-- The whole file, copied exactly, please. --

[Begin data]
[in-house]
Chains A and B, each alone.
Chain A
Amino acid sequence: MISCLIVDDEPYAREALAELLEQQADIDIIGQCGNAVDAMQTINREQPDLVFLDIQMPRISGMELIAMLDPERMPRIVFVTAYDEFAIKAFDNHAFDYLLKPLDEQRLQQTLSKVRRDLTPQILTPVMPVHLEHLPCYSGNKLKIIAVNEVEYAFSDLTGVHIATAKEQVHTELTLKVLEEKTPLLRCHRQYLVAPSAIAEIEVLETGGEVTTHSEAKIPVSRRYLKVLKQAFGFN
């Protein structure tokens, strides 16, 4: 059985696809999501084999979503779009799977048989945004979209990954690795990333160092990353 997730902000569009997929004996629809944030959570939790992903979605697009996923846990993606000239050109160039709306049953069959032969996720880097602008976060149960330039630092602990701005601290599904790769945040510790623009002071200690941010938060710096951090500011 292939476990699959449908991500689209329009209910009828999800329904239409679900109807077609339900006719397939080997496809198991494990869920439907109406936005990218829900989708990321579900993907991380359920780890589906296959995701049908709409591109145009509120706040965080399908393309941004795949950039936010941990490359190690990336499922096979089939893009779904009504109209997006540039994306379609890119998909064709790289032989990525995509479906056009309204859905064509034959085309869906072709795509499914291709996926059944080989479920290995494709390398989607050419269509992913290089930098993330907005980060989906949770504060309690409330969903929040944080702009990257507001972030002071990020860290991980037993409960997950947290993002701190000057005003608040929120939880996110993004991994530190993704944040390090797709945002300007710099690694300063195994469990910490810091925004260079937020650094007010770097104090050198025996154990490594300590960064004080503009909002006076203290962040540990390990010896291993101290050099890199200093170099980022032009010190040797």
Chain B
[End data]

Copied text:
[in-house]
Chains A and B, each alone.
Chain A
Amino acid sequence: MISCLIVDDEPYAREALAELLEQQADIDIIGQCGNAVDAMQTINREQPDLVFLDIQMPRISGMELIAMLDPERMPRIVFVTAYDEFAIKAFDNHAFDYLLKPLDEQRLQQTLSKVRRDLTPQILTPVMPVHLEHLPCYSGNKLKIIAVNEVEYAFSDLTGVHIATAKEQVHTELTLKVLEEKTPLLRCHRQYLVAPSAIAEIEVLETGGEVTTHSEAKIPVSRRYLKVLKQAFGFN
């Protein structure tokens, strides 16, 4: 059985696809999501084999979503779009799977048989945004979209990954690795990333160092990353 997730902000569009997929004996629809944030959570939790992903979605697009996923846990993606000239050109160039709306049953069959032969996720880097602008976060149960330039630092602990701005601290599904790769945040510790623009002071200690941010938060710096951090500011 292939476990699959449908991500689209329009209910009828999800329904239409679900109807077609339900006719397939080997496809198991494990869920439907109406936005990218829900989708990321579900993907991380359920780890589906296959995701049908709409591109145009509120706040965080399908393309941004795949950039936010941990490359190690990336499922096979089939893009779904009504109209997006540039994306379609890119998909064709790289032989990525995509479906056009309204859905064509034959085309869906072709795509499914291709996926059944080989479920290995494709390398989607050419269509992913290089930098993330907005980060989906949770504060309690409330969903929040944080702009990257507001972030002071990020860290991980037993409960997950947290993002701190000057005003608040929120939880996110993004991994530190993704944040390090797709945002300007710099690694300063195994469990910490810091925004260079937020650094007010770097104090050198025996154990490594300590960064004080503009909002006076203290962040540990390990010896291993101290050099890199200093170099980022032009010190040797």
Chain B